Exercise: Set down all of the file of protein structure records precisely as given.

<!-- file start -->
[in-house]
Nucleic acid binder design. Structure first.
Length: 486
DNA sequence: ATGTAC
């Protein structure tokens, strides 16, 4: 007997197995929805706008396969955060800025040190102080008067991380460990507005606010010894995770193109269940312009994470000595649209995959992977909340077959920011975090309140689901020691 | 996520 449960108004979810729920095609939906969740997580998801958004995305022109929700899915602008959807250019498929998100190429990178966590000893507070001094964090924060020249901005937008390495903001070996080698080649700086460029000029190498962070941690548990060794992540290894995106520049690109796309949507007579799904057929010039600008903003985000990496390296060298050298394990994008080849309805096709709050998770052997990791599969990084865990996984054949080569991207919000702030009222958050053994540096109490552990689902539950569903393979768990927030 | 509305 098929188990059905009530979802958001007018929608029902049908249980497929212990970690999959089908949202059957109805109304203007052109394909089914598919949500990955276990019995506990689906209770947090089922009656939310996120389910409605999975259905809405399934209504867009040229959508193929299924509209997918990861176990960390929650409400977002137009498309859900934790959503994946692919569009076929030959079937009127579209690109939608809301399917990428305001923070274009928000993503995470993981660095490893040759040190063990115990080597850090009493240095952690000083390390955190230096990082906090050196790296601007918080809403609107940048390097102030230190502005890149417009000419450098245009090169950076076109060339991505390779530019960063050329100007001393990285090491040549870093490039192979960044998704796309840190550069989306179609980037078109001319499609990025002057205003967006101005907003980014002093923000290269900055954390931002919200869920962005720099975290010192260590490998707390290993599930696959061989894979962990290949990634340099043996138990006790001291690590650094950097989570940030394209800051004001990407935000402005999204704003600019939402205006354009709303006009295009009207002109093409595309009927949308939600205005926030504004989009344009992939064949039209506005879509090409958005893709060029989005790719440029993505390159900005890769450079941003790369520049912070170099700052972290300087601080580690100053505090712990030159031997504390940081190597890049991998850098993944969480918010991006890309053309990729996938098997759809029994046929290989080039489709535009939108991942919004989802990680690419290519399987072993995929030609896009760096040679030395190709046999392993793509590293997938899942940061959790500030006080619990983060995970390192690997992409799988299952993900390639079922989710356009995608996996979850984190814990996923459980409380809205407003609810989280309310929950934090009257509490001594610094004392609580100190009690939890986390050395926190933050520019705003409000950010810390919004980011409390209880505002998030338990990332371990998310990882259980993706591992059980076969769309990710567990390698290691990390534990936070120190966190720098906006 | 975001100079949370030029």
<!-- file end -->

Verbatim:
[in-house]
Nucleic acid binder design. Structure first.
Length: 486
DNA sequence: ATGTAC
């Protein structure tokens, strides 16, 4: 007997197995929805706008396969955060800025040190102080008067991380460990507005606010010894995770193109269940312009994470000595649209995959992977909340077959920011975090309140689901020691 | 996520 449960108004979810729920095609939906969740997580998801958004995305022109929700899915602008959807250019498929998100190429990178966590000893507070001094964090924060020249901005937008390495903001070996080698080649700086460029000029190498962070941690548990060794992540290894995106520049690109796309949507007579799904057929010039600008903003985000990496390296060298050298394990994008080849309805096709709050998770052997990791599969990084865990996984054949080569991207919000702030009222958050053994540096109490552990689902539950569903393979768990927030 | 509305 098929188990059905009530979802958001007018929608029902049908249980497929212990970690999959089908949202059957109805109304203007052109394909089914598919949500990955276990019995506990689906209770947090089922009656939310996120389910409605999975259905809405399934209504867009040229959508193929299924509209997918990861176990960390929650409400977002137009498309859900934790959503994946692919569009076929030959079937009127579209690109939608809301399917990428305001923070274009928000993503995470993981660095490893040759040190063990115990080597850090009493240095952690000083390390955190230096990082906090050196790296601007918080809403609107940048390097102030230190502005890149417009000419450098245009090169950076076109060339991505390779530019960063050329100007001393990285090491040549870093490039192979960044998704796309840190550069989306179609980037078109001319499609990025002057205003967006101005907003980014002093923000290269900055954390931002919200869920962005720099975290010192260590490998707390290993599930696959061989894979962990290949990634340099043996138990006790001291690590650094950097989570940030394209800051004001990407935000402005999204704003600019939402205006354009709303006009295009009207002109093409595309009927949308939600205005926030504004989009344009992939064949039209506005879509090409958005893709060029989005790719440029993505390159900005890769450079941003790369520049912070170099700052972290300087601080580690100053505090712990030159031997504390940081190597890049991998850098993944969480918010991006890309053309990729996938098997759809029994046929290989080039489709535009939108991942919004989802990680690419290519399987072993995929030609896009760096040679030395190709046999392993793509590293997938899942940061959790500030006080619990983060995970390192690997992409799988299952993900390639079922989710356009995608996996979850984190814990996923459980409380809205407003609810989280309310929950934090009257509490001594610094004392609580100190009690939890986390050395926190933050520019705003409000950010810390919004980011409390209880505002998030338990990332371990998310990882259980993706591992059980076969769309990710567990390698290691990390534990936070120190966190720098906006 | 975001100079949370030029």